Castle reduces gearing ratio

CASTLE Communications has added fuel to the accounting debate on the worth of intangible assets, by revaluing its audio copyrights upwards by nearly pounds 9m.
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War with Isis: Iraq declares victory in the battle for Tikrit - but militants make make ominous advances in neighbouring Syria's capital

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Scientists develop mechanical spring-loaded leg brace to improve walking

A spring in your step?

Scientists develop mechanical leg brace to help take a load off
Peter Ackroyd on Alfred Hitchcock: How London shaped the director's art and obsessions

Peter Ackroyd on Alfred Hitchcock

Ackroyd has devoted his literary career to chronicling the capital and its characters. He tells John Walsh why he chose the master of suspense as his latest subject
Ryan Reynolds interview: The actor is branching out with Nazi art-theft drama Woman in Gold

Ryan Reynolds branches out in Woman in Gold

For every box-office smash in Ryan Reynolds' Hollywood career, there's always been a misconceived let-down. It's time for a rethink and a reboot, the actor tells James Mottram
Why Robin Williams safeguarded himself against a morbid trend in advertising

Stars safeguard against morbid advertising

As film-makers and advertisers make increasing posthumous use of celebrities' images, some stars are finding new ways of ensuring that they rest in peace
The UK horticulture industry is facing a skills crisis - but Great Dixter aims to change all that

UK horticulture industry facing skills crisis

Great Dixter manor house in East Sussex is encouraging people to work in the industry by offering three scholarships a year to students, as well as generous placements
Hack Circus aims to turn the rule-abiding approach of TED talks on its head

Hack Circus: Technology, art and learning

Hack Circus aims to turn the rule-abiding approach of TED talks on its head. Rhodri Marsden meets mistress of ceremonies Leila Johnston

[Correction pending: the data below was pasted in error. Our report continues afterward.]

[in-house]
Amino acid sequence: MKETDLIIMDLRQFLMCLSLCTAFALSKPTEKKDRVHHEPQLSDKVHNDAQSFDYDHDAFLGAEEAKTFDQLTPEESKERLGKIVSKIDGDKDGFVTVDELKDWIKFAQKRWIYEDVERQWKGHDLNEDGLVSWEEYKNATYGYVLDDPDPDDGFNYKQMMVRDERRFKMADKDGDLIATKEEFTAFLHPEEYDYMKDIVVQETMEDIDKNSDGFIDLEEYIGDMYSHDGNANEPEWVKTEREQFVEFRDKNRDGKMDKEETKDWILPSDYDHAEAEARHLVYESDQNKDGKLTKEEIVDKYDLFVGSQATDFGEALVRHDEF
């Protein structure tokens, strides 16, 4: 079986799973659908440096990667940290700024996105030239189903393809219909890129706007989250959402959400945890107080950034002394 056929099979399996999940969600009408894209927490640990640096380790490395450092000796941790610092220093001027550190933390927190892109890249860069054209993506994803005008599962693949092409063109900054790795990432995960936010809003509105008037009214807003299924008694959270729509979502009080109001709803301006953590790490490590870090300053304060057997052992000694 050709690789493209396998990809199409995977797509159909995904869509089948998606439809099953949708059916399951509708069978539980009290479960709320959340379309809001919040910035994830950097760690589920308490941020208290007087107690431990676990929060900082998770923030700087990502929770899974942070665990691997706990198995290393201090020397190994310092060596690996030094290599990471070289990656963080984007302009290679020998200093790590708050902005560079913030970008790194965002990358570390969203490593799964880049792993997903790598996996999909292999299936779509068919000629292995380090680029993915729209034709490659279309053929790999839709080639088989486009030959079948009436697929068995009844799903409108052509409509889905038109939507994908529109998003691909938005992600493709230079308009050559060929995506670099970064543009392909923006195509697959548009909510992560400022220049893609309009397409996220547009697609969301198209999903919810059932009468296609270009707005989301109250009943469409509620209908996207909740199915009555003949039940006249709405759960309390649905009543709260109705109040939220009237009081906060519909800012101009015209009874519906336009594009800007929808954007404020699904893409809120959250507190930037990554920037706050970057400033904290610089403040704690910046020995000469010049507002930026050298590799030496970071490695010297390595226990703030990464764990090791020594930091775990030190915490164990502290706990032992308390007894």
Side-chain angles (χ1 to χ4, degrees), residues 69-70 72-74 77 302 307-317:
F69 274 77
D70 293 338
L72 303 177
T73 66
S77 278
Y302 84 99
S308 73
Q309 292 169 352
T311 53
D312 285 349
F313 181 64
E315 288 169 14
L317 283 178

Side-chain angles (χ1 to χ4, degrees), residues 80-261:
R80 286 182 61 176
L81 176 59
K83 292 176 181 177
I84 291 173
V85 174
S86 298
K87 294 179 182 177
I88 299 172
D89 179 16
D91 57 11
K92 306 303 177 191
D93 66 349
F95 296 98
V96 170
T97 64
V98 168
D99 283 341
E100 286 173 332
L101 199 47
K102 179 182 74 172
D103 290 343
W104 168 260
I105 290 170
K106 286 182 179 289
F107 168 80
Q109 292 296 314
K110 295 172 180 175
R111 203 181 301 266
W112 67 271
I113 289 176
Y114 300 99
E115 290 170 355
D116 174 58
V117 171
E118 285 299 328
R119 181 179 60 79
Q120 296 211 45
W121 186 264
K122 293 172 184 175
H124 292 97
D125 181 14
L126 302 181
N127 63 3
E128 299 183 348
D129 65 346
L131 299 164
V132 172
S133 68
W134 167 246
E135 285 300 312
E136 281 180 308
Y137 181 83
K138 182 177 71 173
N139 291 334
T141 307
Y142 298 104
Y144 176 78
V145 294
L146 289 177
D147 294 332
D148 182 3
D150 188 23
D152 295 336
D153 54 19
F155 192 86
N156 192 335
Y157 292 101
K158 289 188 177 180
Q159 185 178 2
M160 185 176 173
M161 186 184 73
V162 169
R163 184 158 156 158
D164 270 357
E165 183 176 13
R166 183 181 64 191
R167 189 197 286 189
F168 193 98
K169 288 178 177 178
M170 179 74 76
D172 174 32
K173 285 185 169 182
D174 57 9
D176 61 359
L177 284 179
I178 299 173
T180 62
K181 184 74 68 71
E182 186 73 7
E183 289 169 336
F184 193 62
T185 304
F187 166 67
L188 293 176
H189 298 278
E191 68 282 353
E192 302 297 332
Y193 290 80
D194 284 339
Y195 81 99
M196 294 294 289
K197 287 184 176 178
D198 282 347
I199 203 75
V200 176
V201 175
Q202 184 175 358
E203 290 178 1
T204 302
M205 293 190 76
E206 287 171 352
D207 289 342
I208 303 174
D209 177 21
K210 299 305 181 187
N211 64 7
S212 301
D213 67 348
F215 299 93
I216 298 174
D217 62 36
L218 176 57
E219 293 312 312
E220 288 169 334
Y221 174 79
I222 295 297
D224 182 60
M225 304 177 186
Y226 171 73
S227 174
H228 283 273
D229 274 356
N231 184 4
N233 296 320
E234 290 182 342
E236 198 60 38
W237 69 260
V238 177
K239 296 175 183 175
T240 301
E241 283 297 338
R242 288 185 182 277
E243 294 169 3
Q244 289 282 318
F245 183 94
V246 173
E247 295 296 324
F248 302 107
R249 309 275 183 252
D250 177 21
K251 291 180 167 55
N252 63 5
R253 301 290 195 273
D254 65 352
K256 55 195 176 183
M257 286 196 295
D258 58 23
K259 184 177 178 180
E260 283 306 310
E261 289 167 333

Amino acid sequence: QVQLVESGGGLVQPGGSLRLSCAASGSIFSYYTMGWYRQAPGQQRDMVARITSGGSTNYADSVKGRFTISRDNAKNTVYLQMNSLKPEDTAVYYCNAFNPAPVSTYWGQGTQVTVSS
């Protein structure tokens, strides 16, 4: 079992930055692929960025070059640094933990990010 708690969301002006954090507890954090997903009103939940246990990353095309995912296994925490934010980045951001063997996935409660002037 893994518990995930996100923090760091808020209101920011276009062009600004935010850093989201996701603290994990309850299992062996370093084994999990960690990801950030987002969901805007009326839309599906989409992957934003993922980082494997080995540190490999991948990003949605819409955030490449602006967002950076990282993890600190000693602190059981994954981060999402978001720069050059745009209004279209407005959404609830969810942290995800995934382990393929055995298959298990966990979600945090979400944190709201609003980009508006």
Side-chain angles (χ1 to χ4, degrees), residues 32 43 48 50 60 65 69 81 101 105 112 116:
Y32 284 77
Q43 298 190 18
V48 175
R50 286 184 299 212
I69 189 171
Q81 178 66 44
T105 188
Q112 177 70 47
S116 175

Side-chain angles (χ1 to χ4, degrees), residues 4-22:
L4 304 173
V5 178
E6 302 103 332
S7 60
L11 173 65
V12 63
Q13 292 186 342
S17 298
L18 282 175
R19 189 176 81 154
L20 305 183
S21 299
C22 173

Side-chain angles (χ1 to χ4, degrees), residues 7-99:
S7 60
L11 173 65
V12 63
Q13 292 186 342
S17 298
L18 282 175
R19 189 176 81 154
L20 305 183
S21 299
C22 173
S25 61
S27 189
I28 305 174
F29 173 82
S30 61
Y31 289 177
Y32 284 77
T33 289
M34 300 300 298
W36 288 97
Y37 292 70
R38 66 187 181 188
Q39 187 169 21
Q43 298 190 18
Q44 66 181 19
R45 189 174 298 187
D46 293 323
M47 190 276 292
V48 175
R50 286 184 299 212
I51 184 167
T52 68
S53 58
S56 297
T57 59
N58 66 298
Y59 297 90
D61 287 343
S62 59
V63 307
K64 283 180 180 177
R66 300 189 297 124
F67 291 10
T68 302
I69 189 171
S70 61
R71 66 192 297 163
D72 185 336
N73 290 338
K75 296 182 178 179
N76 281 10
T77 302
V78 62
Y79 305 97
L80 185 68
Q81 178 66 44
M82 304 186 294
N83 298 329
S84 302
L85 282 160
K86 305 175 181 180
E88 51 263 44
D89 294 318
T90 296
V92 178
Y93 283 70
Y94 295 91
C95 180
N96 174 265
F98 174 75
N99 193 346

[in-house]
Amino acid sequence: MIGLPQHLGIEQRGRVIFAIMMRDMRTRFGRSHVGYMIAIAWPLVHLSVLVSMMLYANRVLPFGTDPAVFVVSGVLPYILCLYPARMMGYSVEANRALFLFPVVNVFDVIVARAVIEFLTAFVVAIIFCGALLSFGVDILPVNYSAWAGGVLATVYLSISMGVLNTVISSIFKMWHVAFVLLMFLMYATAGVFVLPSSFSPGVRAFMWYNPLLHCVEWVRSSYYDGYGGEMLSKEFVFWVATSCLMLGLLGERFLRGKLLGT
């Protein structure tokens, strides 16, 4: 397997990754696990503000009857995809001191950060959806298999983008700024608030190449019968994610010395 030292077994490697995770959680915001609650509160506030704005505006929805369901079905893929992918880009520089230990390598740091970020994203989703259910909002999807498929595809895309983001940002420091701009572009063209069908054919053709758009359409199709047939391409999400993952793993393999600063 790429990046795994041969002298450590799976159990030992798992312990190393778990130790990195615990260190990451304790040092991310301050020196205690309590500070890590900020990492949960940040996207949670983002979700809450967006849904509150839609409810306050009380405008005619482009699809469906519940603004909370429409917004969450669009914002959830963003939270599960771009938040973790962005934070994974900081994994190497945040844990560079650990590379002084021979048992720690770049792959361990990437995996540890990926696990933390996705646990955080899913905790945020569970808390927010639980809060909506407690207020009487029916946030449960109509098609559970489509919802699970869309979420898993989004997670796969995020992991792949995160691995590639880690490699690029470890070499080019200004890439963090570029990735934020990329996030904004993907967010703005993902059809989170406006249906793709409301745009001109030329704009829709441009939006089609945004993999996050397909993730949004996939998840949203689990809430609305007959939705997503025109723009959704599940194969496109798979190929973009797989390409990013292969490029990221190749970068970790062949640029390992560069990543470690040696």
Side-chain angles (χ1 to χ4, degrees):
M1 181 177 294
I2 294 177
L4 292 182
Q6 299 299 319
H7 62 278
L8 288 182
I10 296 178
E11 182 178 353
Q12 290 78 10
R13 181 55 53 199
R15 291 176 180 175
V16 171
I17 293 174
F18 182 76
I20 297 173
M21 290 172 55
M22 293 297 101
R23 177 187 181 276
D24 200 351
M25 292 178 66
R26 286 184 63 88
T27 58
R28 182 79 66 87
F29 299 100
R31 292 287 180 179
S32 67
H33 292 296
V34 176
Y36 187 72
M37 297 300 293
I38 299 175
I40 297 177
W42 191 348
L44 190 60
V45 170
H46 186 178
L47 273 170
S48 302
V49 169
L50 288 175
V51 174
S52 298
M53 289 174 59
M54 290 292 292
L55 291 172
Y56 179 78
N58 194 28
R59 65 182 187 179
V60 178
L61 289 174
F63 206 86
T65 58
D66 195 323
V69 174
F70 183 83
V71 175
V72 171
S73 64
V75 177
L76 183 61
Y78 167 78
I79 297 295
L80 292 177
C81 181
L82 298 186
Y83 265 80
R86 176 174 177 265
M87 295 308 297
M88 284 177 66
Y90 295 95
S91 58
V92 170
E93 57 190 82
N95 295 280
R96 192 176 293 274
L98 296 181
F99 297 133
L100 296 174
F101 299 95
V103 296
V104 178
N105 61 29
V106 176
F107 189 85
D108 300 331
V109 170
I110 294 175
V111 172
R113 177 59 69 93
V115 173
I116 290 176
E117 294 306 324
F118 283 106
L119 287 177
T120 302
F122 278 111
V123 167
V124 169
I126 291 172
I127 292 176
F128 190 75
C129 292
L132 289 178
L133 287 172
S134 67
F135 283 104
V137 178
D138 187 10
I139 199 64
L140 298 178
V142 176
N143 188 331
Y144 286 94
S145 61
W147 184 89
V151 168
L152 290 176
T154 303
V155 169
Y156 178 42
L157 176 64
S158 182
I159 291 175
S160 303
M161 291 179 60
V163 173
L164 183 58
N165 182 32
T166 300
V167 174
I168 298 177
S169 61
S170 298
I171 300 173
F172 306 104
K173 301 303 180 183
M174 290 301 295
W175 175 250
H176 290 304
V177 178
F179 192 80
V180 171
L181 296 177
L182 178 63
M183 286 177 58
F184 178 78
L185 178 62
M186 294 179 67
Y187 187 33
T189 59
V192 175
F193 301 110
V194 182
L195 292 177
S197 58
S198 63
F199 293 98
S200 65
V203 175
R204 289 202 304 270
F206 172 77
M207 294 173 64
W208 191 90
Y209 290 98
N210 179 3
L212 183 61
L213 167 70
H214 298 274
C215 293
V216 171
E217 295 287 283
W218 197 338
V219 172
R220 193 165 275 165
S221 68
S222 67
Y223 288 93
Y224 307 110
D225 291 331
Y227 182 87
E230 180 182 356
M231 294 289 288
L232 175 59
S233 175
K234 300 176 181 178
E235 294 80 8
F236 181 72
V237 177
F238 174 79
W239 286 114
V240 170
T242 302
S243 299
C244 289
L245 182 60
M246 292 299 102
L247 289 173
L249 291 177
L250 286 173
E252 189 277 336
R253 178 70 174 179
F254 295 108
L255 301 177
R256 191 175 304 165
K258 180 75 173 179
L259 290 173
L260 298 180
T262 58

Sevenoaks is split over much-delayed decision on controversial grammar school annexe

Sevenoaks split over grammar school annexe

If Weald of Kent Grammar School is given the go-ahead for an annexe in leafy Sevenoaks, it will be the first selective state school to open in 50 years
10 best compact cameras

A look through the lens: 10 best compact cameras

If your smartphone won’t quite cut it, it’s time to invest in a new portable gadget
Paul Scholes column: Ross Barkley played well against Italy but he must build on that. His time to step up and seize that England No 10 shirt is now

Paul Scholes column

Ross Barkley played well against Italy but he must build on that. His time to step up and seize that England No 10 shirt is now
Why Michael Carrick is still proving an enigma for England

Why Carrick is still proving an enigma for England

Manchester United's talented midfielder has played international football for almost 14 years yet, frustratingly, has won only 32 caps, says Sam Wallace
Tracey Neville: The netball coach who is just as busy as her brothers, Gary and Phil

Tracey Neville is just as busy as her brothers, Gary and Phil

The former player on how she is finding time to coach both Manchester Thunder in the Superleague and England in this year's World Cup
General Election 2015: The masterminds behind the scenes

The masterminds behind the election

How do you get your party leader to embrace a message and then stick to it? By employing these people
Machine Gun America: The amusement park where teenagers go to shoot a huge range of automatic weapons

Machine Gun America

The amusement park where teenagers go to shoot a huge range of automatic weapons
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The ethics of pet food

Why are we are so selective in how we show animals our love?